Past Program

Apr 02 - Apr 09, 2003

Contemporary American Literature


Since the late 1960s, social, political, and technological changes throughout the world have accelerated the cultural diversity of many nations. In the United States, the migration and immigration of millions from around the world, have transformed the demographics and culture of the nation. This session will explore the impact these transformations have had on literary expression in contemporary America. The session will consider how these new cultures have been reshaped by the American experience, and how they, in turn, have helped evolve traditional notions of the American literary canon. Among the issues to be addressed: What new literary themes and forms of expression have emerged from these diverse cultural influences? What continuities can still be identified as distinctly American? What role have these new literatures played in helping to shape individual ethnic identities within the United States? How have these new literatures reshaped our understanding of American culture in general? Can one still speak of “an” American literature, or is the United States a nation of many literatures?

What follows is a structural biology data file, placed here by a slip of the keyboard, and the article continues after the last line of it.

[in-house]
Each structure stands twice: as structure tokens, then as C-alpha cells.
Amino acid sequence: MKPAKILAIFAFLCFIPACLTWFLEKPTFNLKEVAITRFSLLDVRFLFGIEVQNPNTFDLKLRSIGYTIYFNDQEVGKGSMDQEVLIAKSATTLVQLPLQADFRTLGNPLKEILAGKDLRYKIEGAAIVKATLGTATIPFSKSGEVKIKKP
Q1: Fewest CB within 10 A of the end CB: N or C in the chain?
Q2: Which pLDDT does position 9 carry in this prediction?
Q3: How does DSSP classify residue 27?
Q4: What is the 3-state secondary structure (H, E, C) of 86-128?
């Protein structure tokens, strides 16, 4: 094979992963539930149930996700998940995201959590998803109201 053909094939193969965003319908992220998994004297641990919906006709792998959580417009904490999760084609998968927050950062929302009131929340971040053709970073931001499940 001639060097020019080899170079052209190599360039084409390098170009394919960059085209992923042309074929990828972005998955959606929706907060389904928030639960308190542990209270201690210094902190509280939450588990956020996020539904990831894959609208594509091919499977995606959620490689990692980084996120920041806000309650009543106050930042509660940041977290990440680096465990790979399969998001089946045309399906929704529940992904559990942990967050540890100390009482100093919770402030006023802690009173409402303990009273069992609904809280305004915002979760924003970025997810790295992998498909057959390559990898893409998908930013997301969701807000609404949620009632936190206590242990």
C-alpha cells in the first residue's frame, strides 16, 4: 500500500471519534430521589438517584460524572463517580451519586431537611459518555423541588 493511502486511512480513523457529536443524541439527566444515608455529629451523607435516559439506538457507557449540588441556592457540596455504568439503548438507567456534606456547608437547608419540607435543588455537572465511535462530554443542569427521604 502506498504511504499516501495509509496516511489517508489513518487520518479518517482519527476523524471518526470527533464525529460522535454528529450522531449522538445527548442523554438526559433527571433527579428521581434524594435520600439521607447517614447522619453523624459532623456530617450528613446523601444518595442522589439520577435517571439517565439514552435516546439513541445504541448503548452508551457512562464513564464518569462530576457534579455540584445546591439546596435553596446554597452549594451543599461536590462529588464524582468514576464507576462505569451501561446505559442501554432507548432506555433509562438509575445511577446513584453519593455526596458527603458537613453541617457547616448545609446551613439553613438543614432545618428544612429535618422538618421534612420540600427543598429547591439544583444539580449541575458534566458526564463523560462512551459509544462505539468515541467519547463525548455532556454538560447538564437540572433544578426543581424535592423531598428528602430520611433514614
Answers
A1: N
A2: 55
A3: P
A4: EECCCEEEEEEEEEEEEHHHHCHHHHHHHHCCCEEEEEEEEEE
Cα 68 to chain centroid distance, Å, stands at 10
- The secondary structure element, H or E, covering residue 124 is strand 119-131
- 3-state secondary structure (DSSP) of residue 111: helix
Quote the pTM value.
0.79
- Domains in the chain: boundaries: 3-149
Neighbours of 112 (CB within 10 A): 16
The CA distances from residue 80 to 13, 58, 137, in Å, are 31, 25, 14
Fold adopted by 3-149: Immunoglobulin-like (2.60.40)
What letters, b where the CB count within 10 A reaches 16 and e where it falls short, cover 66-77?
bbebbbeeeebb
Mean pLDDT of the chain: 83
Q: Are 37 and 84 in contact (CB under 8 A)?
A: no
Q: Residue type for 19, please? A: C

In order to explore these processes, this session will bring together a diverse faculty who will consider the diverse influences, both literary and non-literary, involved in the emergence of literature. The session will explore how literature emerges within specific social and ethnic contexts, how it finds its way to the public through publishing houses and literary magazines, how it is received by critics and readers, and ultimately how it finds its way to a global audience


Session 408, Contemporary American Literature, is a joint Salzburg Seminar core and American Studies session (ASC 31)